Take care of your car and it will take care of you. By performing routine maintenance one can avoid breakdowns and other problems that are costly and tricky to handle. Car Talk is dedicated to helping car owners care for cars properly and affordably. National Car Care Month is a great time to step back and make certain your car care plan is the best it can be.
Car Care Month, or months, since both April and October are car care months, were created by a group named the Car Care Council. The group has been inactive for a couple of years, but what they started is worthy of mention.
During the Car Care Months, we in the auto industry and as a community of owners take time to reflect on best practices regarding car care. Car Talk is all about car care, with an eye towards consumer advocacy and not overpaying for good car services.
When you maintain your car, always keep the receipt. Always. Get an 8.5 x 11-inch folder of some sort and put every receipt inside following any sort of car maintenance short of car washes. Even if there was no charge for the work, such as following a warranty repair or recall. This information is very valuable to you when you need a warranty repair, when you sell your car, or if you ever opt to purchase an extended warranty.
When Car Care Month began it was in October. The Car Care Council had a good reaction to the idea of a month-long car care period, so they added April as well. Both months are ideal times to consider car repair. In areas with serious winter weather, spring and fall are times when owners who use winter tires have them swapped, and many vehicle owners align their maintenance around the spring and fall car care cycle.
Car Talk considers car care and proper maintenance of great importance. However, a proactive plan for repair when needed is a big part of car ownership. And unfortunately, every car requires repairs from time to time. We all rely on our vehicles for transportation, entertainment, and for many of us, even commerce. Keeping your vehicle properly maintained is one good way to help ensure what we like to call “up-time.” Time when the car is operating properly and reliably.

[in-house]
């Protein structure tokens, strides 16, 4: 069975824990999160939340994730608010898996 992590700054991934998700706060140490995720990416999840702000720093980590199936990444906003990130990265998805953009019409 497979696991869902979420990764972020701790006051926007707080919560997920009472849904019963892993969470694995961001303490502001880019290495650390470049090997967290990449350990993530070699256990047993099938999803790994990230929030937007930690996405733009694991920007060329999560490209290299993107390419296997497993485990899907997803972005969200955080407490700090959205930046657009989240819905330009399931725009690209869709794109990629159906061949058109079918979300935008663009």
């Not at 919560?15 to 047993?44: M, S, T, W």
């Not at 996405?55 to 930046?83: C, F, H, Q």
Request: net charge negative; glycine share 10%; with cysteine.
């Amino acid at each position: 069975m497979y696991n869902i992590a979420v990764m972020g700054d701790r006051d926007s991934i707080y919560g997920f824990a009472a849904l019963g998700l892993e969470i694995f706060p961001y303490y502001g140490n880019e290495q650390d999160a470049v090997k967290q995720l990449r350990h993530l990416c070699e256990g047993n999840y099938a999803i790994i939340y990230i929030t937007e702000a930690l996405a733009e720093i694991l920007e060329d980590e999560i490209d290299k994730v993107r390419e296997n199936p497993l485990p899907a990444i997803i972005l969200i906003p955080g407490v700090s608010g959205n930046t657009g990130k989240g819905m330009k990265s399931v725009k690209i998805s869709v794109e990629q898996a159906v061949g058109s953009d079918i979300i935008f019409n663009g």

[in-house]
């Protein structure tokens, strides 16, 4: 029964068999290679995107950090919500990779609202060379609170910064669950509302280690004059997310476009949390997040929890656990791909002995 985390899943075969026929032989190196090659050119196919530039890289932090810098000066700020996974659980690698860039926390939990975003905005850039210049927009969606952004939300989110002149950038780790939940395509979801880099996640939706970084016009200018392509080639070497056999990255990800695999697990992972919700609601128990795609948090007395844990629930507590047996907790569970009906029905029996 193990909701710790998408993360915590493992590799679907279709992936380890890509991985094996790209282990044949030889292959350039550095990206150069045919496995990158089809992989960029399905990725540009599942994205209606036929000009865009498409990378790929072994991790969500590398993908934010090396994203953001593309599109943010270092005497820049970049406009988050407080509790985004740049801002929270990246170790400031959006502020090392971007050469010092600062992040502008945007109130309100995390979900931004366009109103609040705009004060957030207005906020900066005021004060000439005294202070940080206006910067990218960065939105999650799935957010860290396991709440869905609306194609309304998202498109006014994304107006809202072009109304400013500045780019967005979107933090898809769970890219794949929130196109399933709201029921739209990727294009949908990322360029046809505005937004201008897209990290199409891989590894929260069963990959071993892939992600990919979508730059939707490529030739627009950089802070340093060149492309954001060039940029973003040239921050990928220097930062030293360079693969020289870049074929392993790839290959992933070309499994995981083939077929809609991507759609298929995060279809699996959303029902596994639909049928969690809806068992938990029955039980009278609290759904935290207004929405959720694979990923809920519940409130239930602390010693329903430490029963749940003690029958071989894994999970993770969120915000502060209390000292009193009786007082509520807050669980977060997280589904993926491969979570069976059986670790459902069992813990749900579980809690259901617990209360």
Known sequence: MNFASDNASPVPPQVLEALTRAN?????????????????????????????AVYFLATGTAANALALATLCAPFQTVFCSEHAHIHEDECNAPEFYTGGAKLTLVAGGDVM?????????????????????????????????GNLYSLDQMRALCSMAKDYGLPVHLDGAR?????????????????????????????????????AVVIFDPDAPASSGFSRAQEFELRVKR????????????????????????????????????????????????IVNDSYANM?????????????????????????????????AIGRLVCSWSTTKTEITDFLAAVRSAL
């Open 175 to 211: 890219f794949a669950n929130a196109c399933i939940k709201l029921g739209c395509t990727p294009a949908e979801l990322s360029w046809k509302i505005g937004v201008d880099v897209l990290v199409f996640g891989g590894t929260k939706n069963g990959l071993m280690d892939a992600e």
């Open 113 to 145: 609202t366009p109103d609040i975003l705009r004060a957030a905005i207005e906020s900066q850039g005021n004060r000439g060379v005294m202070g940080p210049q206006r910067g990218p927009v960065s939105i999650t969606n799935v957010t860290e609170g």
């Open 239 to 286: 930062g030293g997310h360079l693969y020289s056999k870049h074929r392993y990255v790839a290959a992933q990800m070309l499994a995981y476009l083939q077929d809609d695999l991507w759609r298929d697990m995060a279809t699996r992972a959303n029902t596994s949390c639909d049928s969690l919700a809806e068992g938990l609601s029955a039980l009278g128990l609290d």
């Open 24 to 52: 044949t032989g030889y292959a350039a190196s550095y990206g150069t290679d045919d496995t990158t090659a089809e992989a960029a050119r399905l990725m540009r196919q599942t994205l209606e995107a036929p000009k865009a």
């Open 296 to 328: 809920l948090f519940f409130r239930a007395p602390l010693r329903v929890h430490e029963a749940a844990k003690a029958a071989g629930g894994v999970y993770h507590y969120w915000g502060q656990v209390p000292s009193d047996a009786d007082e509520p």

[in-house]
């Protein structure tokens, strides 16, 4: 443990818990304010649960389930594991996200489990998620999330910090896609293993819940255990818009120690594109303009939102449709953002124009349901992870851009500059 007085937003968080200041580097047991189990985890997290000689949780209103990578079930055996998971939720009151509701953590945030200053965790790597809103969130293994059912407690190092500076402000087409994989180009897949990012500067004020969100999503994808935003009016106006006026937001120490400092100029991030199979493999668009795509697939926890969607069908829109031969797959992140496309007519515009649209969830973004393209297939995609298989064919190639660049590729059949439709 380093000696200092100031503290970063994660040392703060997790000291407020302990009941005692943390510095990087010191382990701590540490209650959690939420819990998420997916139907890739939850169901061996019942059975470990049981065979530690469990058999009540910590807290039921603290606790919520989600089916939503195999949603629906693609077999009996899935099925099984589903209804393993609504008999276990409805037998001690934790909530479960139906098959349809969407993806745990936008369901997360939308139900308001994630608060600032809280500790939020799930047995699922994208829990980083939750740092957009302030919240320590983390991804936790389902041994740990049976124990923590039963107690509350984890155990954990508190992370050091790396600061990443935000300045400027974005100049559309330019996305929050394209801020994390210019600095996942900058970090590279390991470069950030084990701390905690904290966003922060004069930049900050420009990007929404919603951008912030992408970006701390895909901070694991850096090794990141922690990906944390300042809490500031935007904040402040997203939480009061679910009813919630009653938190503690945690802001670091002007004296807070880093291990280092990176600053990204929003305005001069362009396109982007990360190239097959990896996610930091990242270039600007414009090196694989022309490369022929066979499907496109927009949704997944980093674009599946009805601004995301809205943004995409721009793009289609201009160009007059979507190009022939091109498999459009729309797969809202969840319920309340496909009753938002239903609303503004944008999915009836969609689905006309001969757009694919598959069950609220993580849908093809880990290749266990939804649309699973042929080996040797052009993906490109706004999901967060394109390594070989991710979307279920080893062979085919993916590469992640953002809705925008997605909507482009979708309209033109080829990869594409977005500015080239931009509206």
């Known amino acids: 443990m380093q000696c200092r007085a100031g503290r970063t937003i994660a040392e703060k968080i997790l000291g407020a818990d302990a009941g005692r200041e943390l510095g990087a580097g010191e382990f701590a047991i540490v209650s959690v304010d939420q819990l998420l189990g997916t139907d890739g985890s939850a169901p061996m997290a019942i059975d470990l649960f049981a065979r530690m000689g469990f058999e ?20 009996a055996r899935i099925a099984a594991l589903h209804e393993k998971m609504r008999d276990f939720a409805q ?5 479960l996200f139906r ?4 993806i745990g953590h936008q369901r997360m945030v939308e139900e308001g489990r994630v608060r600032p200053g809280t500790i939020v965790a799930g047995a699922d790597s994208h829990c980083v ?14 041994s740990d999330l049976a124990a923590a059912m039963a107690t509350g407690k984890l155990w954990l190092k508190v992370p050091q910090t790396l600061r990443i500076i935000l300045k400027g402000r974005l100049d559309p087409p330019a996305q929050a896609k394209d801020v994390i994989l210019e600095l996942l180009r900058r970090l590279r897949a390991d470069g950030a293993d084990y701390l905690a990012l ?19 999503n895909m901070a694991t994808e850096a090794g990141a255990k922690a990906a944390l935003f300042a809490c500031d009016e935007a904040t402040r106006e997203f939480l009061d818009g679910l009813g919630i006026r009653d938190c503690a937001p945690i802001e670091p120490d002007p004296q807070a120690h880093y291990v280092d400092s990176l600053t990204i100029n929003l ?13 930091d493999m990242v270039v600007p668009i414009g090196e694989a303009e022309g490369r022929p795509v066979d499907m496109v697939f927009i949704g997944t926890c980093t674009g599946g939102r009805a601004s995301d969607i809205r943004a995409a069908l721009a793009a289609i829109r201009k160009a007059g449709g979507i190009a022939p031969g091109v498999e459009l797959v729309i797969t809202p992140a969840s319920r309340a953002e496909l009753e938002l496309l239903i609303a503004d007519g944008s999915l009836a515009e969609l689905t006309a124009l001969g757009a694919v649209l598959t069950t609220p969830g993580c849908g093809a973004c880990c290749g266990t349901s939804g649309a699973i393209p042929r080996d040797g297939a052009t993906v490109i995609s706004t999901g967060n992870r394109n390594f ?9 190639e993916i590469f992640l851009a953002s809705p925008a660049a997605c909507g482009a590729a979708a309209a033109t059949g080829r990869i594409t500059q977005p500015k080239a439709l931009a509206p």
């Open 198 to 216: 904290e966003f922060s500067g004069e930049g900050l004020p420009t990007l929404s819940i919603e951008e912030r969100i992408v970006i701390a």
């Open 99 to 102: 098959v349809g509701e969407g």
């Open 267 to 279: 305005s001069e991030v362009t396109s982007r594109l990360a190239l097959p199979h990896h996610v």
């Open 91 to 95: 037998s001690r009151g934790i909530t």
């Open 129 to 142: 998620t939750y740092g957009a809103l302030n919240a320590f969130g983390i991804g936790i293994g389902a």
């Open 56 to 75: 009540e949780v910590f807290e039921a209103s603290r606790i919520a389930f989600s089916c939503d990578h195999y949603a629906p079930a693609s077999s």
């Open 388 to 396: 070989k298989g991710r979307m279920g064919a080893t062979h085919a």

The worst way to deal with maintenance and repair issues is to wait for the worst to happen. By properly caring for tires, we can save money and have a safer vehicle. The same holds true for the remainder of the vehicle. When maintained according to its designers’ intent, the vehicle will deliver on its promise to work well for us. When neglected, we find ourselves in a pinch and have to react to breakdowns or poor performance.
Maintaining your vehicle on its normal schedule need not be a budget-buster. Many new vehicles come with included maintenance. Here’s a quick chart highlighting the duration of the included maintenance by brand. Our list is not comprehensive, so always check with your retailer about included maintenance when you shop and be sure to factor it into your purchase decision.
Pricing from dealers can be very illogical. For example, we took the image above at a name-brand car dealership in Metro Boston. This particular brand has an easy-to-change cabin air filter located behind the glove box. Changing it requires no tools and takes under 2 minutes. The part - from the actual dealer - costs under $30.